Health and social care services in Greater Manchester are preparing to break away from centralised control, following a devolution settlement with the UK government in November 2014.
Discussions are under way among the 10 local authorities, 12 clinical commissioning groups, 14 NHS providers, NHS England and the government, aiming to reach agreement about a new way of running health and social care in the Greater Manchester region.
From April 2016, an as-yet unnamed partnership will take control of the region’s £6bn NHS budget, which is currently administered by NHS England. Healthcare will remain free for patients and national standards will continue to apply to local services.
Chancellor George Osborne said in a press statement that the move — a national first — was in line with the government’s vision of a “Northern Powerhouse” and would help to improve care for patients.
The move follows the deal last November between the chancellor and leaders of the Greater Manchester Combined Authority to devolve powers and responsibilities to the region in return for Greater Manchester adopting a directly elected Mayor.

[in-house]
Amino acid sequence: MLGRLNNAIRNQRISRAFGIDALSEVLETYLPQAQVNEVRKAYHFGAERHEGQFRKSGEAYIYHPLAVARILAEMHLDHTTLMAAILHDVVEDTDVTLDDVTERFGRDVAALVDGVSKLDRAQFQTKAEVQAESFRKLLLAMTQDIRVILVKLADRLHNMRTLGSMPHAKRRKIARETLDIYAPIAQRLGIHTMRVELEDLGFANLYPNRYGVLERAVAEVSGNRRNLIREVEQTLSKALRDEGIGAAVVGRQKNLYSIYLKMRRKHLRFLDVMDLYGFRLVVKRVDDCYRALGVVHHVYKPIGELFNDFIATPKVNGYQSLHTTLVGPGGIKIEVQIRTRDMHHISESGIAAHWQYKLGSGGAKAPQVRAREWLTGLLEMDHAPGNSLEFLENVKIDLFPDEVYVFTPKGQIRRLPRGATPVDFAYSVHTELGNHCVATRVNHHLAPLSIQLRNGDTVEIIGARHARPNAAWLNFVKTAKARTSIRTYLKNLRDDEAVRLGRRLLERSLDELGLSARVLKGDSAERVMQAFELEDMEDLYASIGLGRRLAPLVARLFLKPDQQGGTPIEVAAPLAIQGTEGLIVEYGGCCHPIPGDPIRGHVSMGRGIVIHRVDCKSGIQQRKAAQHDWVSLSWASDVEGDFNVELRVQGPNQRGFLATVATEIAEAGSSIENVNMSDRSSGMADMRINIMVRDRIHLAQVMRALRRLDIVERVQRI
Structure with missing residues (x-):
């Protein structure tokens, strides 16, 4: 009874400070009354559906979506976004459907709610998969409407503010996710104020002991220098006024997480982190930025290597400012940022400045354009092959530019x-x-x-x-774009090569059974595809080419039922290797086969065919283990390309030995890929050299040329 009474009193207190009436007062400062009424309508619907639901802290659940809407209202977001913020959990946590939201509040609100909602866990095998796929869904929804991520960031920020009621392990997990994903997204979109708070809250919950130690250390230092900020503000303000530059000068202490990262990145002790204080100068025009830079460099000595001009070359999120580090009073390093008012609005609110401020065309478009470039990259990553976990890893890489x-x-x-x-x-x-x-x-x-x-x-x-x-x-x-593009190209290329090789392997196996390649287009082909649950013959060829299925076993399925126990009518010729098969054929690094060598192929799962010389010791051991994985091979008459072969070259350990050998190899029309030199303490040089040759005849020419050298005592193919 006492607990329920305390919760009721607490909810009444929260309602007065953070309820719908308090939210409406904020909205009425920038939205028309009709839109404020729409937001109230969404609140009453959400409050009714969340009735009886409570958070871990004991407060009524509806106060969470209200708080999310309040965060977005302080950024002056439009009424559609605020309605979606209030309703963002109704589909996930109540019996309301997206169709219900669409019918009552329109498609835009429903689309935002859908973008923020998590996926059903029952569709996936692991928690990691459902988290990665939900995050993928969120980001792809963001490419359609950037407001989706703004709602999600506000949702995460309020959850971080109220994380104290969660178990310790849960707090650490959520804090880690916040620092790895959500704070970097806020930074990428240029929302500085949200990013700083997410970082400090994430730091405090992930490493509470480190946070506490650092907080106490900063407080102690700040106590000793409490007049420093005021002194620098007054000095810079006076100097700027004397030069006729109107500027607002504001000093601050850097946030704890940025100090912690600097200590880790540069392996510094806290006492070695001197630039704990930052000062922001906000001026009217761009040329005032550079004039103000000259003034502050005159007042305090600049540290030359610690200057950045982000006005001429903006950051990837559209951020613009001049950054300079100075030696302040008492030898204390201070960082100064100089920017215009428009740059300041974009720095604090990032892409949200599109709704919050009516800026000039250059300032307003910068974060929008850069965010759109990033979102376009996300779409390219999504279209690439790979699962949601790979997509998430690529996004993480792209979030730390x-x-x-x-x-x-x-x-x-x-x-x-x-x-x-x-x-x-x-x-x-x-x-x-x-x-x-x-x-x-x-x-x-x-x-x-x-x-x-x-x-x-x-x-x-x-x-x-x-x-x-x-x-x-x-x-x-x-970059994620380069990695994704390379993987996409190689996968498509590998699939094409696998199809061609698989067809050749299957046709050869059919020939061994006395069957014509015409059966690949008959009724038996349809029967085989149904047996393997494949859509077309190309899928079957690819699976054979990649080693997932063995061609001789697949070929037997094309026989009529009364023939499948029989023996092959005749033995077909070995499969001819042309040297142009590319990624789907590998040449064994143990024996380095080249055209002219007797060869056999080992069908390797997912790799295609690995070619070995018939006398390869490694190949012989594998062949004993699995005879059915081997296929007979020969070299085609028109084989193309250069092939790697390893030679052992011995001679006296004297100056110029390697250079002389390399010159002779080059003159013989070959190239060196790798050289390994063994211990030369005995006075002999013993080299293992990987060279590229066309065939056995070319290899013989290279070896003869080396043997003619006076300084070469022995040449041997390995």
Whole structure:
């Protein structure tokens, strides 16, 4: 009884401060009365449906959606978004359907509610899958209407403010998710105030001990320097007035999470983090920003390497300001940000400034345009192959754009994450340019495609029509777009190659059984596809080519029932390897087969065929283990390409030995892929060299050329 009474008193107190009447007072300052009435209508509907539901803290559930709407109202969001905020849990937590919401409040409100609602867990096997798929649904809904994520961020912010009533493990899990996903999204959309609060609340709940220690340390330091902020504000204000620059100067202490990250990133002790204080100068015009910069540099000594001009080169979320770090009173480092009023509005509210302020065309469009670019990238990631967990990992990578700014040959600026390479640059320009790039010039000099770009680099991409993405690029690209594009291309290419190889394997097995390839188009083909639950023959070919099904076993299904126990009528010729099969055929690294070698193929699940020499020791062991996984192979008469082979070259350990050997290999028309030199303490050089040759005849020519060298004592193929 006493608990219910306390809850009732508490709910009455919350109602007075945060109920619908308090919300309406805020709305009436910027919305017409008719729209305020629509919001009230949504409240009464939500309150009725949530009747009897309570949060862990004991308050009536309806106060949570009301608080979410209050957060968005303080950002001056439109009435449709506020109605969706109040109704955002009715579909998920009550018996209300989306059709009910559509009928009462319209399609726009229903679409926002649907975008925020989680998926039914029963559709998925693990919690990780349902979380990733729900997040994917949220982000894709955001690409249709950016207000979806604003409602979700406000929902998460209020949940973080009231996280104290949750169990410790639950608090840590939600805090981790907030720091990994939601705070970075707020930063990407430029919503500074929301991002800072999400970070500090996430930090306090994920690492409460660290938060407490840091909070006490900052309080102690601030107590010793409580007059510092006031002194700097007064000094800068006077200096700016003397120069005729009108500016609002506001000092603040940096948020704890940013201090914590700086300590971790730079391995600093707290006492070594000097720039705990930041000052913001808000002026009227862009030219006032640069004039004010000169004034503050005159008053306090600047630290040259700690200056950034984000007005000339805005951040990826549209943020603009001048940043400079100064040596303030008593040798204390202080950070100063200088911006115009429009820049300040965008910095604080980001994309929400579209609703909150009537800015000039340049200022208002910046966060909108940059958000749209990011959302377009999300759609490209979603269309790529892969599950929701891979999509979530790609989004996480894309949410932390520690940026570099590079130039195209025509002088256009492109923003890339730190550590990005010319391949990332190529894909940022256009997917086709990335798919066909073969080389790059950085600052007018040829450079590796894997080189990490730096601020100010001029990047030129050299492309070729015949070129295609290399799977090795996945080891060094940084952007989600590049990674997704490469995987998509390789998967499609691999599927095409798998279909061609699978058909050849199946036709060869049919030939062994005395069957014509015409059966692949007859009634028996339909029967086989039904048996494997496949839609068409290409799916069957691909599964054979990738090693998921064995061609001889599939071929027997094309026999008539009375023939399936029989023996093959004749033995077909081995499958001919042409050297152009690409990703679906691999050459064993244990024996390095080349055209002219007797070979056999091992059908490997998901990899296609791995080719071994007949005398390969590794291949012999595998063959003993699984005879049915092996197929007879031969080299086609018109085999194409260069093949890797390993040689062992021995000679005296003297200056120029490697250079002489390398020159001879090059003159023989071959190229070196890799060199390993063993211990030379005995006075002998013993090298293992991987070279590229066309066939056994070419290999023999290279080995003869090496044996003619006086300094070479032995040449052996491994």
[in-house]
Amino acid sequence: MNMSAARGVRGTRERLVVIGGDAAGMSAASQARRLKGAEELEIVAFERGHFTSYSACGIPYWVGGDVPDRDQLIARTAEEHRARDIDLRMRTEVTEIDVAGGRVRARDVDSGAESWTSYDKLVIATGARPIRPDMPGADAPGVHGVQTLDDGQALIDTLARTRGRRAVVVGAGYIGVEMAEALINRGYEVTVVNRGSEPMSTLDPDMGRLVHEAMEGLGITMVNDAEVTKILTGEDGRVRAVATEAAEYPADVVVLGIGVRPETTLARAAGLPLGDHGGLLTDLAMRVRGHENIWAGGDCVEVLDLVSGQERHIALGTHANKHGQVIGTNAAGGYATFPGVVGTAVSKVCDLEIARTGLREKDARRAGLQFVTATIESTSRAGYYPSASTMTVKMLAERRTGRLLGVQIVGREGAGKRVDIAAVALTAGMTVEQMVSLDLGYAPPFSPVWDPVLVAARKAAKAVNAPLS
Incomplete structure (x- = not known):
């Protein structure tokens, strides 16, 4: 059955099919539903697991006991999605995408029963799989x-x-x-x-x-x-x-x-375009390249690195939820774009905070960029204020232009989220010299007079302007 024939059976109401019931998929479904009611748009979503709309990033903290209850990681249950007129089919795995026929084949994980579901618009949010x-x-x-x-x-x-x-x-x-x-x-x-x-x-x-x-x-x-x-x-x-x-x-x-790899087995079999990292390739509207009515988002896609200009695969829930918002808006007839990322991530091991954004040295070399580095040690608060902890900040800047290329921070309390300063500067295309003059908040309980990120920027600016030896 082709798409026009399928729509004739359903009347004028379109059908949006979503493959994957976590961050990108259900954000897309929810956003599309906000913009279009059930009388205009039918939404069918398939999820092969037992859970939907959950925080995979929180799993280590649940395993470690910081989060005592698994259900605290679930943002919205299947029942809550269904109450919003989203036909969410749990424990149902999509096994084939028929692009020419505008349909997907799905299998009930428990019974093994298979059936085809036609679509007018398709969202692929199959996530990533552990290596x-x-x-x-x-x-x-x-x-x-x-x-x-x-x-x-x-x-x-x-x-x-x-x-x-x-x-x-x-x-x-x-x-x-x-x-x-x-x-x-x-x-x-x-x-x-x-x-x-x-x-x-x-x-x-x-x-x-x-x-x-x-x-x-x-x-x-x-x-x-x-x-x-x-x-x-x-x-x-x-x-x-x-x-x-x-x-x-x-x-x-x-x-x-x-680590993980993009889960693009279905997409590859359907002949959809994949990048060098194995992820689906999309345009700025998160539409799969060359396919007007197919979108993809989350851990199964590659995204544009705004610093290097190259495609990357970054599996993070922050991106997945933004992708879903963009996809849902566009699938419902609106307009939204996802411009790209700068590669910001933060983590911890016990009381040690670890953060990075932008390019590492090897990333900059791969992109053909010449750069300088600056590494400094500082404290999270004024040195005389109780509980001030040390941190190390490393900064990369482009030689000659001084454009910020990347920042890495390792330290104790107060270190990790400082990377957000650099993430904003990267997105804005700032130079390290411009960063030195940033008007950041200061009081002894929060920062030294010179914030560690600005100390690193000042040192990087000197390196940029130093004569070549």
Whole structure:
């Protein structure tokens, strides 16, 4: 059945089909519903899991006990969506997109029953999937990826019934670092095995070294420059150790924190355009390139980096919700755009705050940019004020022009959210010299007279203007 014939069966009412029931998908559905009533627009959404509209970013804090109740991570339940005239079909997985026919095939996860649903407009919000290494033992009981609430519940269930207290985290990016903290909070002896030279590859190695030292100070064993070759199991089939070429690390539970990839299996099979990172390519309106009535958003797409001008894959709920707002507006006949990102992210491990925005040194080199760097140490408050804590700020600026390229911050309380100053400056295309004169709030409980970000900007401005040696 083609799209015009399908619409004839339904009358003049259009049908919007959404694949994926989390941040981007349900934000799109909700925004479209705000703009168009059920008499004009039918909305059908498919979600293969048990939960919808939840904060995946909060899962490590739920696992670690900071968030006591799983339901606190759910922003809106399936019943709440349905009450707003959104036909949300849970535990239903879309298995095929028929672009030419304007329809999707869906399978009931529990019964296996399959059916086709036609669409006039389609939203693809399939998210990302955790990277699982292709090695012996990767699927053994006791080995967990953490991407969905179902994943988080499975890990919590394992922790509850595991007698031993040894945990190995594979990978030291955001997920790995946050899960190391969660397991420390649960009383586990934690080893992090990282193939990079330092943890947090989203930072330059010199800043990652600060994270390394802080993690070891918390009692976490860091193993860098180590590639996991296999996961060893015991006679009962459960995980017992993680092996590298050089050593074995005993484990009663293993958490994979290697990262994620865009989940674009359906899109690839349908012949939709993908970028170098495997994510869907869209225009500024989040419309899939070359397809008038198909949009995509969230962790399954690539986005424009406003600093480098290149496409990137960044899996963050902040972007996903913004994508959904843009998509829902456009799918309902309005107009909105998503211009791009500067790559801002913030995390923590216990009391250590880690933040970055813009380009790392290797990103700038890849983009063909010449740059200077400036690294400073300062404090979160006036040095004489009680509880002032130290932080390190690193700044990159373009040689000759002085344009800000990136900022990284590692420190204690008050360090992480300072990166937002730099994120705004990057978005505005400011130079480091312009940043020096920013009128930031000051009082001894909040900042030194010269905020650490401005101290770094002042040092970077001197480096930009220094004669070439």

Aneet Kapoor, chair of the Manchester Local Pharmaceutical Committee, welcomes the move despite not having been consulted directly about the plans. “In the main, it can only have a positive impact in terms of patient care,” he says. “As long as it does what it’s supposed to do, it will allow us as pharmacists to have more flexibility and patients to have greater parity and access. Pooling of budgets can only support what we’ve been trying to achieve in making things more streamlined.”
However, Kapoor says that it is too early to know precisely how the changes would impact local services. “It’s going to take time as we move forward to understand who sits where in the new structure,” he says. “The 12-month planning period may be a bit optimistic.”
The plans are expected to be announced officially on 27 February 2015.